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Sunday 5 February 2023 Dublin: 6°C
Insurance policy document via Shutterstock
# Data Protection
Insurer ordered to pay costs in data breach case
A High Court judgement is being hailed as a landmark ruling which makes businesses legally liable for data protection breaches.

THE INSURANCE COMPANY FBD has been ordered to pay High Court costs to a man following a case in which he claimed his data protection rights had been breached.

The High Court last week vacated the Circuit Court award of €15,000 in damages to Michael Collins in March 2012 but did rule that there had been a clear and intentional breach of data protection legislation as a result of FBD’s actions and awarded him costs in the case.

The case concerned a claim that Collins made nearly five years ago when his work van was stolen outside his home in Finglas, north Dublin in September 2008.

Collins lodged a claim with FBD for loss of work as a result of not having the van for three months until it was later recovered and his claim was withdrawn.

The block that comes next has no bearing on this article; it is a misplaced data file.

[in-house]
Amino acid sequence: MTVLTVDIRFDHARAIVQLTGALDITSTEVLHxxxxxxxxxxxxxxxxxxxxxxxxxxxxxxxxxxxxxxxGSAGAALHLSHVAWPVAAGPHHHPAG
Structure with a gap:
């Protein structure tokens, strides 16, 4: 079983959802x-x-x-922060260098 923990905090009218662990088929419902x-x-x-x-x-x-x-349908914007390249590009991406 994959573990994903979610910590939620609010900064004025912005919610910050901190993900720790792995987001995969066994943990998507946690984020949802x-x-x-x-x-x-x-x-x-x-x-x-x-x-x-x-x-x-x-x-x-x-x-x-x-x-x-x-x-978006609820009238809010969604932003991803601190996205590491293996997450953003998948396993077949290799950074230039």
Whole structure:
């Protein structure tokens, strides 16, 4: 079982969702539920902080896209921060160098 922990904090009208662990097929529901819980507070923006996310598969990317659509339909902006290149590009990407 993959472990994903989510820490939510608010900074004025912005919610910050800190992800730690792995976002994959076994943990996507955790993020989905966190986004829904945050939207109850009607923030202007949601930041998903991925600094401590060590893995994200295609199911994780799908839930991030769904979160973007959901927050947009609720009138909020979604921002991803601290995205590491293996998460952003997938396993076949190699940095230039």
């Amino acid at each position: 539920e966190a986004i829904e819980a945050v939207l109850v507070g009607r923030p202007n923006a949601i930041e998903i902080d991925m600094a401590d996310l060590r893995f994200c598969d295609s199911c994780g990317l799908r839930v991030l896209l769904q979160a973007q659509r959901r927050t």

However during that period FBD declined to deal with his claim on the basis of confidential information it had obtained about him concerning a previous conviction against him.

The insurer failed to disclose this information to Collins in accordance with data protection law and was later ordered to pay him €15,000 in damages.

FBD had argued that there had been gross non-compliance by Collins who had an obligation to disclose the information concerning his previous conviction though it accepted it had breached data protection law.

This €15,000 award was vacated in the High Court last week but Justice Kevin Feeney did rule that that there had been a clear and intentional breach of the Data Protection Act and the manner in which FBD conducted itself was unacceptable, awarding costs to Collins.

He said that the provisions of the DPA placed an obligation on a data controller i.e. FBD to “exercise a duty of care”.

“A breach of that duty of care can result in an award of damages. In this instance, the entitlement is not to damages for breach of duty but compensation for breach of duty,” he said.

“Compensation is intended to place an individual in the position which that individual would have been apart from the wrong done.”

Solicitor for Collins, Fintan Lawlor said the judgement of the High Court was welcome as it had “given clarity” to section 7 of the Data Protection Act “highlighting that compensation may be awarded where damages can be proven”.

“Corporations must ensure there are practices and procedures in place to ensure there that no damage is caused to the individual as a result of a breach of the Act,” he said.

Read: Insurance companies to have full access to drivers’ offences

Read: Complaints to Financial Services Ombudsman up 12% last year

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